With his top 10 goal in mind, there was no time to heal the feet. The mental game was on.
“There was no stopping to fix feet or change shoes,” he says. “I was just going to have to gut it out, and so I did and really it wasn't until some of the rolling downhills after the river that the blisters popped and really started to affect my gait. I was limping a little bit and favoring it and that sort of thing. I was able to manage them for about 30 miles. For the last 20, it was definitely just gutting it out and trying to ignore it.
“I tried to stay positive, tried to do the self talk, ‘You've done this before, they're not going to get any worse, just suck it up.’”
At the next aid station, Forest Hill (Mile 62), Jones-Wilkins regrouped for the final push.
“I spent time at the creek, at the bottom of Volcano, I was doing lots of dousing, I was just really trying to get psyched up for the big descent to the river after Forest Hill,” he recalls. “So I got to Forest Hill and regrouped. I felt really good and I really left Forest Hill thinking I should be in the top 10 by the time I get down to the river and it barely happened. Another runner, I believe it was Leigh Schmitt, dropped out there. The fact that he dropped out put me in 10th place.”
A change in mindset
Jones-Wilkins had pushed and persevered, finding himself in the top 10. With that coveted spot, he was now in position to receive an automatic entry into the next year’s Western States.
It also meant that he went from the hunter to the prey.
“I’ve got my pacer with me and I was focused on holding my spot,” he says. “At this point, I had no idea what was going on behind me. My crew, my wife, my kids, were mainly just focused on the people who were in front of me. I ate and drank a lot from the river to Green Gate, knowing that I was in 10th place.”
After leaving Green Gate, AJW needed to hold onto 10th for just 20 more miles. As he approached Brown's Bar (now Quarry Road Aid station), 10 miles from the finish, he could hear aid station volunteers cheering runners ahead of him.
“I didn't know who they were, but I thought maybe I could squeeze into ninth place or something like that,” he remembers. “So I kind of pushed from Brown's Bar to Highway 49, which is always a grind of a section, especially the final climb up to Highway 49, hammered the downhill to No Hands Bridge. You usually hear cheering at No Hands Bridge, didn't hear anything and so I started up No Hands. My pacer, Jeff Hudson, was with me, at that point was typically the time in the race where I would be thinking about my finishing time.”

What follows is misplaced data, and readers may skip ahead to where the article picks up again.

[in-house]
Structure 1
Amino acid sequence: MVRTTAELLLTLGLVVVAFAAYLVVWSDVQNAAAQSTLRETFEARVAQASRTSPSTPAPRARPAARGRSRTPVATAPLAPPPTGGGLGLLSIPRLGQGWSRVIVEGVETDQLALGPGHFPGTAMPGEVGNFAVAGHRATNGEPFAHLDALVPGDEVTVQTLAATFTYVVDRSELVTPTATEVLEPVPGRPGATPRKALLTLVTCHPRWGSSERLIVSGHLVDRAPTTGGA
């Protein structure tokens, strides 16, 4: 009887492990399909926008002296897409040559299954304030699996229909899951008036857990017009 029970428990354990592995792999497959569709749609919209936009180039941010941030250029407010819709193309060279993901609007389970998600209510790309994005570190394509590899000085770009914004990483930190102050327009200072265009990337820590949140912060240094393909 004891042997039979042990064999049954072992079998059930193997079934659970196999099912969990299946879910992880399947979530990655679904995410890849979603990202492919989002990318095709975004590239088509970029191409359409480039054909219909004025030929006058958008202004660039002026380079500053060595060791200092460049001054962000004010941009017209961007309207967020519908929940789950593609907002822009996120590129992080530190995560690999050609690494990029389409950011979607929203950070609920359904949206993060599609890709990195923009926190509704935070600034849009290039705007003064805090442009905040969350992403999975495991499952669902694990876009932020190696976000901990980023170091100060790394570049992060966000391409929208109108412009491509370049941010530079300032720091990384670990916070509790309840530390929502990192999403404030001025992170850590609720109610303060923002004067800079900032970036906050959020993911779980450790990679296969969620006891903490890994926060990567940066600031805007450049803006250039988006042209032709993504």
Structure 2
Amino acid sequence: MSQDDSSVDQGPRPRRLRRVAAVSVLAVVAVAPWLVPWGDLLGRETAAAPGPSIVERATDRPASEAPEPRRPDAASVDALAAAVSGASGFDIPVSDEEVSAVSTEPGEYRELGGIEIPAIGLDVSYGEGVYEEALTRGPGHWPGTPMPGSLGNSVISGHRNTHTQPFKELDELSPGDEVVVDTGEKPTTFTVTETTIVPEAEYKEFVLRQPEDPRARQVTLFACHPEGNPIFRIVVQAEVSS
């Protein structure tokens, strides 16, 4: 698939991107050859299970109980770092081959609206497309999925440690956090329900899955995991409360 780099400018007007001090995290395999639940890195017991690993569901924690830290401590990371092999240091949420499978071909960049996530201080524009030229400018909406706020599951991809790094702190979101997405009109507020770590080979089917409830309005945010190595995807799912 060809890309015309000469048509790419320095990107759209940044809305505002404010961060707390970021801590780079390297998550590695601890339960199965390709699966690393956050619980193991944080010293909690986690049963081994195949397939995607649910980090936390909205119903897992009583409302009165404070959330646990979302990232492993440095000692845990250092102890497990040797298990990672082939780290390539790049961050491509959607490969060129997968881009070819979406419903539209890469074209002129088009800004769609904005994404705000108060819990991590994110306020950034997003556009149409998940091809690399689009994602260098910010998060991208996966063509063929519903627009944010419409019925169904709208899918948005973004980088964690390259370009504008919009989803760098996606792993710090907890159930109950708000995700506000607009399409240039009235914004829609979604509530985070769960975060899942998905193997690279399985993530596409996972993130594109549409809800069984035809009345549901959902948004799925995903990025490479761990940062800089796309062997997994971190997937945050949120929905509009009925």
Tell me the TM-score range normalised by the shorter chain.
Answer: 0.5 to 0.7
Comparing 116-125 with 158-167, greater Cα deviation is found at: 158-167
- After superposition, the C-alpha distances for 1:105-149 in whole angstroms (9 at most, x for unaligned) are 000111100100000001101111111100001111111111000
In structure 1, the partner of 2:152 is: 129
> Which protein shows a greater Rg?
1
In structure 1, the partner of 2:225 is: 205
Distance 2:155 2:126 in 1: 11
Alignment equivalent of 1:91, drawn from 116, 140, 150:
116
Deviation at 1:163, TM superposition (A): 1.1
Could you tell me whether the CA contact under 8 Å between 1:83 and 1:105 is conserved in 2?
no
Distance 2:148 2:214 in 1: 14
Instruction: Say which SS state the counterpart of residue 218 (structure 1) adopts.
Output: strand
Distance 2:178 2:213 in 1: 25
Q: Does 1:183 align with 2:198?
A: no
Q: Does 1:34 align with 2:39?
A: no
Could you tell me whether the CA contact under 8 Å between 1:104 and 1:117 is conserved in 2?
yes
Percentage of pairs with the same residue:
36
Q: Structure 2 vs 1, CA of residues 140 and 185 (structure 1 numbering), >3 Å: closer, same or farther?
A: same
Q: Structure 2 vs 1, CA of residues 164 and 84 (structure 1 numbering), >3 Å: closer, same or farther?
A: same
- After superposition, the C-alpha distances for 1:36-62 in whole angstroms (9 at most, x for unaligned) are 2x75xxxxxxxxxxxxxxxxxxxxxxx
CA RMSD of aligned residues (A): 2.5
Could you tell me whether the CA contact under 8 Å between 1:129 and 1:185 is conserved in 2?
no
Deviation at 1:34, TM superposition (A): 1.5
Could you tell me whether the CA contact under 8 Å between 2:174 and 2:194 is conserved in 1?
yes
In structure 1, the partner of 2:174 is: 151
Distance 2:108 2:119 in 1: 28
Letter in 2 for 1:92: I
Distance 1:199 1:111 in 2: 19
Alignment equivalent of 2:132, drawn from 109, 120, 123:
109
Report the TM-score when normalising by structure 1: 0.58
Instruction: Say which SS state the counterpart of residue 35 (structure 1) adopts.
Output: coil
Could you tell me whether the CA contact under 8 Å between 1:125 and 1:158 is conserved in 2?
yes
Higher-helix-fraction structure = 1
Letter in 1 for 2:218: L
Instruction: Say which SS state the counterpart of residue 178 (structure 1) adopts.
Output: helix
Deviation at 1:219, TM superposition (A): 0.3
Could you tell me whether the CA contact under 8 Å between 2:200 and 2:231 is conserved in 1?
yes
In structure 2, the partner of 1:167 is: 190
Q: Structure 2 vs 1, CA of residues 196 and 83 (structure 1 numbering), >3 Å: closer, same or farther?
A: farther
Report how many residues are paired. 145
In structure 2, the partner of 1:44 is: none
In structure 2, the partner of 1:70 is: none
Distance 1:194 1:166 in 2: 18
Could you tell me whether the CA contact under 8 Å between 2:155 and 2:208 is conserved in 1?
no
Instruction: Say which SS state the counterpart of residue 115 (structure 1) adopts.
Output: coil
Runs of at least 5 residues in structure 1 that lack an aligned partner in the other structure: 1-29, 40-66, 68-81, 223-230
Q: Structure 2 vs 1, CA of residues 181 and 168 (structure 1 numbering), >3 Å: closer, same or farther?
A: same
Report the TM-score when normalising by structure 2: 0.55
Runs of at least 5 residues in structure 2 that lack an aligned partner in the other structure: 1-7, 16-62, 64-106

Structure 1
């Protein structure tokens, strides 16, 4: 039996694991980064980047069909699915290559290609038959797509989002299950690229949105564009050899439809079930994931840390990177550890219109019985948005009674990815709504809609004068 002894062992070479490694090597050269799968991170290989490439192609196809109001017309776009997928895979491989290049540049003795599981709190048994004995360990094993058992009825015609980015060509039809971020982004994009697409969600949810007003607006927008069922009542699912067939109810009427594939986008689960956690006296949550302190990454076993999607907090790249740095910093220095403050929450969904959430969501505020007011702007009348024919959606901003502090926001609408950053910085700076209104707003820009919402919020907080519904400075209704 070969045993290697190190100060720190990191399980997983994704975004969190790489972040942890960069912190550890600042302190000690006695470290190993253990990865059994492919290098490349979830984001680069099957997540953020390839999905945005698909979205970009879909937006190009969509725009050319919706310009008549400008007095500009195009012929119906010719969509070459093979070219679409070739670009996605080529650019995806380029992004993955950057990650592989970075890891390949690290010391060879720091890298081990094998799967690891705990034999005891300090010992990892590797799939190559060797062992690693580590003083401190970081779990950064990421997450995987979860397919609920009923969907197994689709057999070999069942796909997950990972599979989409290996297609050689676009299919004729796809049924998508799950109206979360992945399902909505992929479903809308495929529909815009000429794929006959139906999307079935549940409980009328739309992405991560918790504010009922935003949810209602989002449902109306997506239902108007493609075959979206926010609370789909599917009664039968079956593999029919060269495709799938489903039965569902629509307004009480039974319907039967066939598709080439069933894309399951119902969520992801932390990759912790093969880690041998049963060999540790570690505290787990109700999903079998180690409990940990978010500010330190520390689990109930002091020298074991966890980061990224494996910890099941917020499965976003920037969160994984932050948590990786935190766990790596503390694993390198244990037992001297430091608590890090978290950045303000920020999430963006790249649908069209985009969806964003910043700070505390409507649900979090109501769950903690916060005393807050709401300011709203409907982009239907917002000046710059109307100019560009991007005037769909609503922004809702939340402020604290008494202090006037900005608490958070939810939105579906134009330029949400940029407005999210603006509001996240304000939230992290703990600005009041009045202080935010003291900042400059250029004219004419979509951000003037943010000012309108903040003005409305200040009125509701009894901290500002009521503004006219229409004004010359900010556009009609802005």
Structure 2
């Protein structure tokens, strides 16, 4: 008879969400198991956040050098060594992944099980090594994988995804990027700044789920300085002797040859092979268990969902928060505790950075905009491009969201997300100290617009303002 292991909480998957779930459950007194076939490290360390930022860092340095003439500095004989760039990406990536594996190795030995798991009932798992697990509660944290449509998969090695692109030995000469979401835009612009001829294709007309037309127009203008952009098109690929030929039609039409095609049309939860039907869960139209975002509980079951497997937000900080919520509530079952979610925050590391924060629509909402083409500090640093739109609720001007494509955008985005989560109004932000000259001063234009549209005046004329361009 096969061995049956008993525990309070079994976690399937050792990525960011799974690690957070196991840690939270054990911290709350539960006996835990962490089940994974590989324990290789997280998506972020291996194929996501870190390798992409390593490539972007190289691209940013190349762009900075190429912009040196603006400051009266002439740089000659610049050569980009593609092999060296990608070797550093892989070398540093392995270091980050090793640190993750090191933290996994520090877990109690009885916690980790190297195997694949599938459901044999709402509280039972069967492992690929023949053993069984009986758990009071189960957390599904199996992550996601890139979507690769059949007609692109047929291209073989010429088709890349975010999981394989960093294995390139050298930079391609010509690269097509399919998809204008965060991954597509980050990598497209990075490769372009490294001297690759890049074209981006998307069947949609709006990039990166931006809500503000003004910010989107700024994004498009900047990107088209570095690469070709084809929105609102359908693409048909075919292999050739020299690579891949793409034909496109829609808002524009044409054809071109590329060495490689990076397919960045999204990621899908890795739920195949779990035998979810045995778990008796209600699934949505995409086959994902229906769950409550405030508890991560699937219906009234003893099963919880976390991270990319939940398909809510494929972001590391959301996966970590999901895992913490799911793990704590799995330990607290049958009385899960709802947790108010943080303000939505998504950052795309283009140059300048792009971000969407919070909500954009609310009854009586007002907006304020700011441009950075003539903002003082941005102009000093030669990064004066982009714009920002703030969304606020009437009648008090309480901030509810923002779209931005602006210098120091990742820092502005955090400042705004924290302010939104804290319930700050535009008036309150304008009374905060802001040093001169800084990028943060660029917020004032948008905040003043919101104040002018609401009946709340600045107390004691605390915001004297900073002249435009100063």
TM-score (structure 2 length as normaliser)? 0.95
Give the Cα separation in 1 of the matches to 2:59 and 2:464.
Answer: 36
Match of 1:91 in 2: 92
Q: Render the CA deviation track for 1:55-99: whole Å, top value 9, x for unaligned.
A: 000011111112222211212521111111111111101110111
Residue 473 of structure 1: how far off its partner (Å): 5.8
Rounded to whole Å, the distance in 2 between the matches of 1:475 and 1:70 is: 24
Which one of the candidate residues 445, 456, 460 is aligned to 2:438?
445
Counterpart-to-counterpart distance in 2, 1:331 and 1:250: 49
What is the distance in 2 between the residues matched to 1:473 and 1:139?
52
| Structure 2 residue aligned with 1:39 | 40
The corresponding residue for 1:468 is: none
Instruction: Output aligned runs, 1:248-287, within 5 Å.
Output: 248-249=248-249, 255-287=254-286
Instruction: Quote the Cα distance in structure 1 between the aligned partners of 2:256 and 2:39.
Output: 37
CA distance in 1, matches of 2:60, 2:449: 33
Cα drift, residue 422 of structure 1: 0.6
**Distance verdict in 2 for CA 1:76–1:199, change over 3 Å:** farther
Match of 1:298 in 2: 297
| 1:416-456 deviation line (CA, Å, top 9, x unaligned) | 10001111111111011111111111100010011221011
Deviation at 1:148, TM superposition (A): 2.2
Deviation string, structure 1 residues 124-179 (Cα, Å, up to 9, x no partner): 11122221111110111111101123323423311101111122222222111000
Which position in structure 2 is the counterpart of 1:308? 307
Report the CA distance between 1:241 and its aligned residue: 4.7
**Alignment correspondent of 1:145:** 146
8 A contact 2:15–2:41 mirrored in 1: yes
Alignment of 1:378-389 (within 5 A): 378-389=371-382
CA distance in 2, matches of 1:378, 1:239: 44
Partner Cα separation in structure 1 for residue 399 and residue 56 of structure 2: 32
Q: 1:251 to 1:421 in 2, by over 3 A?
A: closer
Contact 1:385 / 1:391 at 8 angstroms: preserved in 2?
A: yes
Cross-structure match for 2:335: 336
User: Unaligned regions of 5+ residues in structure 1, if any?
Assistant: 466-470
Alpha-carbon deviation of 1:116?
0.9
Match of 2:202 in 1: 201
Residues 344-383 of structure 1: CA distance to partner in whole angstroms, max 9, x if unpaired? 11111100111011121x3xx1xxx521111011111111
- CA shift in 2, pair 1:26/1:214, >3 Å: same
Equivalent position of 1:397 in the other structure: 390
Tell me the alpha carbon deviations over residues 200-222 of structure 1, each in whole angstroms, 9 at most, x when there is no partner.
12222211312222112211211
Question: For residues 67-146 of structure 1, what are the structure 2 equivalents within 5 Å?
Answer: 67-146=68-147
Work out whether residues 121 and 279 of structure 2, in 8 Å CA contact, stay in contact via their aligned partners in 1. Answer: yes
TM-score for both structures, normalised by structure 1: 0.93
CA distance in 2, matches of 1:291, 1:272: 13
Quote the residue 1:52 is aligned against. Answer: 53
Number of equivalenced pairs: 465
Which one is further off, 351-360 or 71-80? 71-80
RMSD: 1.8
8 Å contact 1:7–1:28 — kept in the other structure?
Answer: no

At that point, Jones-Wilkins knew he wouldn’t best 18 hours so he told Hudson that he wanted to try to finish before midnight. The final push would give AJW “my most stressful experience ever in a 100-mile race.”
That headlamp is running
AJW crested the hill at Robie Point, just 1.3 miles from the finish line. At the aid station, he met up with his first pacer, Scott, his son, Logan, and others.
Suddenly, Hudson spotted a headlamp approaching. It was bobbing — meaning the headlamp’s owner was running, not walking.
Jones-Wilkins knew that he would have to run the final hill. With his headlamp turned off, he also came up with another idea. He told Logan to head up to the top of the hill, where the 99th mile party was in full swing, and “tell them not to cheer so that the person behind me wouldn't hear that I was so close.”
That best-laid plan didn’t quite work.
“They saw this cute little kid running up to the aid station and they all started cheering and yelling and screaming and everything, so it kind of ruined that,” he says. “I resolved to not turn my head around but I knew I was going to have to run every step of that uphill and then run the downhill, literally like I was running a 5K. I had both my pacers in front of me, I had my son in front of me, I said you guys, we're just going to have to hammer this. It turned out to be the fastest I'd ever run from Robie Point to the finish, not surprisingly because I'd never run that scared before.”
As Jones-Wilkins was cruising toward the finish, another headlamp appeared. This time in front of him. At the time he was uncertain whether it was Anita Ortiz, who was leading the women’s race or the ninth-place male.